Thanks to last week’s vote by the Utah House of Representatives, efforts to change the name of Dixie State University inch forward — but not without resistance. Opposition to a name change has shifted from preserving “heritage” to blaming “cancel culture” to the latest installment: weaponizing religion.
According to a source, Sen. Don Ipson plans to prevent a vote on the Senate floor. Aiding his cause — and stirring up considerable backing in southwestern Utah’s Latter-day Saint community — is a blurring of the lines between spirituality and Senate. Timothy Anderson, a leader of the Defending Southwest Heritage Coalition, wrote a letter to local elected officials where he miscontextualized recent comments by President Dallin H. Oaks as an endorsement of the Dixie name. Dan MacArthur, a former mayor of St. George and recently returned mission president, also drew upon religion, writing, “You know, as do we that (cancel culture) will not stop until all vestiges of history, heritage, tradition, culture, and religion are beaten down to the level of their dictated narrative and approval. You are totally naïve if you think otherwise.”
Another letter from a community member conflated Elder Jeffrey R. Holland’s use of the name “Dixie” in his remarks at the groundbreaking for the Red Cliffs Utah Temple to support for the name: “I noticed that Elder Holland was reminding all of us of the importance of St George’s history. ... He had no shame in the name of ‘DIXIE.’ It’s in his heart as much or maybe even more than mine.”
Twisting the words of religious leaders — or, worse, weaponizing religion to further a cause — should give us all pause. Latter-day Saints (not Mormons) know the importance of a name, and we should know better.
No longer are members of The Church of Jesus Christ of Latter-day Saints called “Mormons” — instead, we refer to ourselves as members of said church or as Latter-day Saints, and patiently and lovingly help others to do the same.
The “Mormon” moniker, to most of us, was not harmful or misrepresentative — in fact, it was so deeply ingrained into our internal church culture and our external image, that it was, and is, difficult to shake. But to others, our claim to membership in Christ’s church was overshadowed by those two syllables — and it cast doubt as to who or what we worshipped.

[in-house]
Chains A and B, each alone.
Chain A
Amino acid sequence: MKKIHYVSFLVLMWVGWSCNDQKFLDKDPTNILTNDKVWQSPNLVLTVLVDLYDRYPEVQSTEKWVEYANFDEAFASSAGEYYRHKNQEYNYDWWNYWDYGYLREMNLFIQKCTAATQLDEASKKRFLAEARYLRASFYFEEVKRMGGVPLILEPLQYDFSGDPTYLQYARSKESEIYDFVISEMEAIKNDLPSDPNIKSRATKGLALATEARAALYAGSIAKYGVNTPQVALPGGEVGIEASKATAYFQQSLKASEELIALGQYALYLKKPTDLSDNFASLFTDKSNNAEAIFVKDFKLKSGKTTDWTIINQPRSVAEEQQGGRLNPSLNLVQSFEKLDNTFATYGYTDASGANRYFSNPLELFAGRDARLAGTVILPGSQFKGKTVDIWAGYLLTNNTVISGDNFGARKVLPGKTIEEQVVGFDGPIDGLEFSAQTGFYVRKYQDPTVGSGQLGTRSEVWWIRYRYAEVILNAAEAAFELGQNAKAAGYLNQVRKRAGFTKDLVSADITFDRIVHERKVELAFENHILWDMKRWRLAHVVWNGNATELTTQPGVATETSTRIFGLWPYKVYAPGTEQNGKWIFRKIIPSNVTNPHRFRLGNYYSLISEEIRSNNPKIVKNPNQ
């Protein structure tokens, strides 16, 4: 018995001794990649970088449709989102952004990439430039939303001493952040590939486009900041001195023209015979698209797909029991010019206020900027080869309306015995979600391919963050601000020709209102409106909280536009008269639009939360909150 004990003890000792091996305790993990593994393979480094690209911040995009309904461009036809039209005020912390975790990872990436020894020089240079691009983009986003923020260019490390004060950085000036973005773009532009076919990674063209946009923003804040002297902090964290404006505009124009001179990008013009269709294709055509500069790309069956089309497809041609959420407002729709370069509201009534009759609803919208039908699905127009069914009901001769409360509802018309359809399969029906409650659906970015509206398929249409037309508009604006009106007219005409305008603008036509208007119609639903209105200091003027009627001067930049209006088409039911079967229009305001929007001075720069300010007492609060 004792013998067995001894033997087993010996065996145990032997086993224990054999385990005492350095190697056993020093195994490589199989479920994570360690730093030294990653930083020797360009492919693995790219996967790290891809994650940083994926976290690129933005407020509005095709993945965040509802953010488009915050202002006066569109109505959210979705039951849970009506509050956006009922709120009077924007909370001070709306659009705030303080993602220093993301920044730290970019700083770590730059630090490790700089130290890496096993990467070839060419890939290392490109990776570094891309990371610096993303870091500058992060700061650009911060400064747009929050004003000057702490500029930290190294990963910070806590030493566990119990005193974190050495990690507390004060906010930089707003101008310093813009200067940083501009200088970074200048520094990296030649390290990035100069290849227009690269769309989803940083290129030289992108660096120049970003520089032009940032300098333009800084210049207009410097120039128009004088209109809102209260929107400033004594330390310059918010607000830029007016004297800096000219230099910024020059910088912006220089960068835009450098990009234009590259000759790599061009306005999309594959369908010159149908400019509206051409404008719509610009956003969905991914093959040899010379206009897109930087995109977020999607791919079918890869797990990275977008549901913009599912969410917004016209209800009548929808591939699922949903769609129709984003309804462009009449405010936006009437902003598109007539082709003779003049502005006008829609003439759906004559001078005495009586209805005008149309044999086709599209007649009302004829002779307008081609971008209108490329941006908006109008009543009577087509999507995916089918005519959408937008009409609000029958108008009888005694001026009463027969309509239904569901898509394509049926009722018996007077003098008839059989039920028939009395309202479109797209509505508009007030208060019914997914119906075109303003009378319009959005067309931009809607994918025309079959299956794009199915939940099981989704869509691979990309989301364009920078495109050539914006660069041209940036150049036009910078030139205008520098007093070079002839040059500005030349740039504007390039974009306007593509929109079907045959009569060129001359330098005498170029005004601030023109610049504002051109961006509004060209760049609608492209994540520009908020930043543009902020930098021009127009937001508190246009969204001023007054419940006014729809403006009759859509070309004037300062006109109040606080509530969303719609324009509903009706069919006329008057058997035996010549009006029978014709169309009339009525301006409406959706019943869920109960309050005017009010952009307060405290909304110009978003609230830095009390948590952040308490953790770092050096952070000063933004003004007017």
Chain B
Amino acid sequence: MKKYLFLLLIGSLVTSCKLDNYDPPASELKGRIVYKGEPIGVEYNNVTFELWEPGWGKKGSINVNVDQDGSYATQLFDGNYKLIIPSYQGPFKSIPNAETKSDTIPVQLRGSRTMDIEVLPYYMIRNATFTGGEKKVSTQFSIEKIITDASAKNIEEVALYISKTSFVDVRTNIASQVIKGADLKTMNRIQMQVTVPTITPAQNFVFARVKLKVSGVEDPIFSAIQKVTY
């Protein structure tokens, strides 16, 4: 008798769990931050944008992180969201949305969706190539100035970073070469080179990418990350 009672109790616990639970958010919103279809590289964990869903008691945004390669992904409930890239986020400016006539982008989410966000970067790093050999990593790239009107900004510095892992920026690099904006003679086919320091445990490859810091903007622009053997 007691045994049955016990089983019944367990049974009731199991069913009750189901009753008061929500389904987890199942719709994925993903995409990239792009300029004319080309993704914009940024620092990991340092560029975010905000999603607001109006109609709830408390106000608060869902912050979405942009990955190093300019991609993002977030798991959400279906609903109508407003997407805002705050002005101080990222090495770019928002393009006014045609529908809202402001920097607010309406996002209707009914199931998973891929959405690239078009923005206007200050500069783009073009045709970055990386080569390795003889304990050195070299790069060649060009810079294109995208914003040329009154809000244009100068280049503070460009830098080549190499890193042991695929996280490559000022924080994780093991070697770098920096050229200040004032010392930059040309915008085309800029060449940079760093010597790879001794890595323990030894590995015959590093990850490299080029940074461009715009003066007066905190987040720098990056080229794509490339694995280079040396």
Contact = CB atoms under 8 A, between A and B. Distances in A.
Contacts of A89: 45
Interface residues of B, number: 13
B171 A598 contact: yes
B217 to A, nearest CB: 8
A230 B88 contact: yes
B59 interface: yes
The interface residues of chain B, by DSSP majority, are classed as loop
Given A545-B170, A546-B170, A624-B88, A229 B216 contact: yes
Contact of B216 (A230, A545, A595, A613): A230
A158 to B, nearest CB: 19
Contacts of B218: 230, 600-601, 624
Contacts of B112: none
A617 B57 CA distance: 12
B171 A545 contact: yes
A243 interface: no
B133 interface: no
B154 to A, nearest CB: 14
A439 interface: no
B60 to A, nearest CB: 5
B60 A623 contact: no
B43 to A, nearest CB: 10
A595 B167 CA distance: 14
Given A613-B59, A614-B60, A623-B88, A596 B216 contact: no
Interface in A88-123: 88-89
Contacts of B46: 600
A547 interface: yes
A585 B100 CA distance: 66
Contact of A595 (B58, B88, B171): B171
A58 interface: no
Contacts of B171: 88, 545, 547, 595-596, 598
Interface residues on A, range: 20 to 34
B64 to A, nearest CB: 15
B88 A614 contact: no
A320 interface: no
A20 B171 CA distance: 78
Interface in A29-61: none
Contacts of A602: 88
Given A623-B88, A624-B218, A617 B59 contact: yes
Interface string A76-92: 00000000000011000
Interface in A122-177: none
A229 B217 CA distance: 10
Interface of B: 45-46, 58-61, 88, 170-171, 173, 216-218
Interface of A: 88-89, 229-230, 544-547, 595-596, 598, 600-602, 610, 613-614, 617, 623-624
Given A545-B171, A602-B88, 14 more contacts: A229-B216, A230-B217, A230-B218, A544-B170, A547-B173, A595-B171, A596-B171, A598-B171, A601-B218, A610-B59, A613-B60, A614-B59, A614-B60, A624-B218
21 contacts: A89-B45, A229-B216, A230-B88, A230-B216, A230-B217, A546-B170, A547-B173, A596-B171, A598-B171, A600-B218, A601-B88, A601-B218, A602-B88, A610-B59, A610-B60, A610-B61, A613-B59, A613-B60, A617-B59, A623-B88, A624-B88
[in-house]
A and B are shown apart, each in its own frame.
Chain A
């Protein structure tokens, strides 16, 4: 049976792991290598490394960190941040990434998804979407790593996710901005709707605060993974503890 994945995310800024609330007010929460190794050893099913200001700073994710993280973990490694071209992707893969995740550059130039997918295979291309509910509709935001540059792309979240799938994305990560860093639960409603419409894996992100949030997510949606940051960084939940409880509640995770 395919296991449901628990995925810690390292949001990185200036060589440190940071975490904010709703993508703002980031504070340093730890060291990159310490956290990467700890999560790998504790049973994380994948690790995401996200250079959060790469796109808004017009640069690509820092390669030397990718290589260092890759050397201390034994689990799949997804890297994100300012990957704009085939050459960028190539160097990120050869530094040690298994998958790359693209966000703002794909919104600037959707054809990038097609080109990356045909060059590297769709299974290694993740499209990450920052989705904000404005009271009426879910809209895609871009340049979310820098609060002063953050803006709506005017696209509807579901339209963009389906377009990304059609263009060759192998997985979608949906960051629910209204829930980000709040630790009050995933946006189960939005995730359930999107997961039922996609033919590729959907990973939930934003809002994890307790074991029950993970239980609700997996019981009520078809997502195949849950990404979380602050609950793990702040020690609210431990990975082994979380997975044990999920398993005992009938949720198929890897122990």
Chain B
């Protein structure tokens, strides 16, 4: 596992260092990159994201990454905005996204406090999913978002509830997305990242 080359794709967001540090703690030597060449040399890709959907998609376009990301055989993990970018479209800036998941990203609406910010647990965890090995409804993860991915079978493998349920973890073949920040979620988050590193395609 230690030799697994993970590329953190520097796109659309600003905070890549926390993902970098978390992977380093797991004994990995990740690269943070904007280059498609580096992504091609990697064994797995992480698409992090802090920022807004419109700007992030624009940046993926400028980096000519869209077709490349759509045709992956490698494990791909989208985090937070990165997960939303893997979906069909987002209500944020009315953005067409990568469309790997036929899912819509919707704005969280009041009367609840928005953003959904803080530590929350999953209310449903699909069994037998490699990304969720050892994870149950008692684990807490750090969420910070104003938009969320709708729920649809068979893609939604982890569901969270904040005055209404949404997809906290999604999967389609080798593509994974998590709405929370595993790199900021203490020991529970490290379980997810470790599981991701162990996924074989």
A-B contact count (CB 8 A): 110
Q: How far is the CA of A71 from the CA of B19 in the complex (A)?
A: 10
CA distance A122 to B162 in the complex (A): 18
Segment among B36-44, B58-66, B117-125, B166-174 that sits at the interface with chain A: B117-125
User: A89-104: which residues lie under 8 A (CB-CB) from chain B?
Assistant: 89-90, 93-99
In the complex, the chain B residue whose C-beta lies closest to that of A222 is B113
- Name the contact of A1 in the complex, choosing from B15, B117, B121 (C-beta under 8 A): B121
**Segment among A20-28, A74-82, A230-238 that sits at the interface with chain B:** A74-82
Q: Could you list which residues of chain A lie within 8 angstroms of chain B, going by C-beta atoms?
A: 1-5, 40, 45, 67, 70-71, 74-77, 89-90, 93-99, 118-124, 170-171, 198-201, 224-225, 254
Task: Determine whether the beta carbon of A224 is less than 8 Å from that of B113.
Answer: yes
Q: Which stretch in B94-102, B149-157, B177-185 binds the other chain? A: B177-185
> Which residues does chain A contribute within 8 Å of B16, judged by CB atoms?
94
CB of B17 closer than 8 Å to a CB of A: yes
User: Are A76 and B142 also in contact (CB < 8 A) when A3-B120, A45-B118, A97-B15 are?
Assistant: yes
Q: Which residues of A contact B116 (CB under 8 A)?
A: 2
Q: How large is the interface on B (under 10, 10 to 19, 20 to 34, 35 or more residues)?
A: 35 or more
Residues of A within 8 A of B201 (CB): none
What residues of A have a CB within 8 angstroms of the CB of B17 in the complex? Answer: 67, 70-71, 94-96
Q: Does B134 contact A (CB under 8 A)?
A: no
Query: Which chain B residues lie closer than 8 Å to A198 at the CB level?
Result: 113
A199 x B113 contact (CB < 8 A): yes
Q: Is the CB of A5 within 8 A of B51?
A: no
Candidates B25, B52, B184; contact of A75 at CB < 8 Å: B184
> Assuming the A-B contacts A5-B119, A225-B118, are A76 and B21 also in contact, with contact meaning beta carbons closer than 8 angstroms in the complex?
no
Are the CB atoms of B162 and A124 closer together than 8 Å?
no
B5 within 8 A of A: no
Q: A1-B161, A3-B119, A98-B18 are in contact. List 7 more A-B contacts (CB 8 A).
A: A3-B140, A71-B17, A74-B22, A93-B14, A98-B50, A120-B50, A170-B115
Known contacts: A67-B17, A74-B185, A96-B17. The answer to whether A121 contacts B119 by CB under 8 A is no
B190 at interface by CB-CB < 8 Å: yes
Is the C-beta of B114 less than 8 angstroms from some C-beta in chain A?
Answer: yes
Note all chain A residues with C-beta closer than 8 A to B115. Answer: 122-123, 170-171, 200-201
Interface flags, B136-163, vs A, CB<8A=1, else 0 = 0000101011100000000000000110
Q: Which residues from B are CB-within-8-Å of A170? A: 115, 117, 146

We understood clearly what the name meant to us. But as linguists have long proffered, words don’t have inherent meaning, but are given meaning.
The approach DSU is taking, then, should resonate with most Utahns, but especially with members of the state’s dominant religion. DSU President Richard Williams and others have noted that “Dixie,” to people outside of southwestern Utah, has a vastly different meaning than it does to many Utahns.
Williams and his team have sidestepped discussion of the university’s history as justification for a change, and sensibly so. When it comes to race relations, the university has a checkered past — hate crimes, Confederate flags as an official university symbol, mock slave auctions — but rehashing past events will do little to convince Dixie’s defenders that the name was ever connected to racism. Focusing on the name’s racist connotations — and convincing locals that those events and ideas still carry weight — is a losing battle, as the main argument against changing the name is that “it isn’t racist.” Endorsers of this “ahistorical fallacy” — assuming that the injustices of the past have no effect on the present — are hard to sway.
Wisely, the university has cast that approach to the wayside. Instead of trying to open eyes to the past, they’re opening minds to the future. The Cicero study revealed the impact “Dixie” has on incoming and outgoing students — especially outside of Utah, the name “Dixie” serves as a deterrent to some recruitment and employment efforts. Forty-two percent of potential students in DSU’s main recruiting area are less likely to attend the school because of its name; 22% of recent graduates seeking employment outside of Utah had an employer express concern about it.
The message DSU administrators are sending should be clear: Dixie State’s name change isn’t about the past. It’s about students’ future. And when it comes to the name, ‘Dixie’ makes most think of the Stars and Bars, not a comprehensive, polytechnic university in the Southwestern U.S.
Some DSU graduates are learning the hard way that their school’s name doesn’t mean the same thing to them that it does to some potential employers. The question that needs answering is this: Is our interpretation of a name more important than everyone else’s?
Perspective, then, is up for vote on the Senate floor, and our state senators should not allow flimsy invocations to “heritage,” or to religion, prevent them from making the principled decision. The name needs to change — as does the idea that “Dixie” carries the same meaning outside of our lovely Deseret.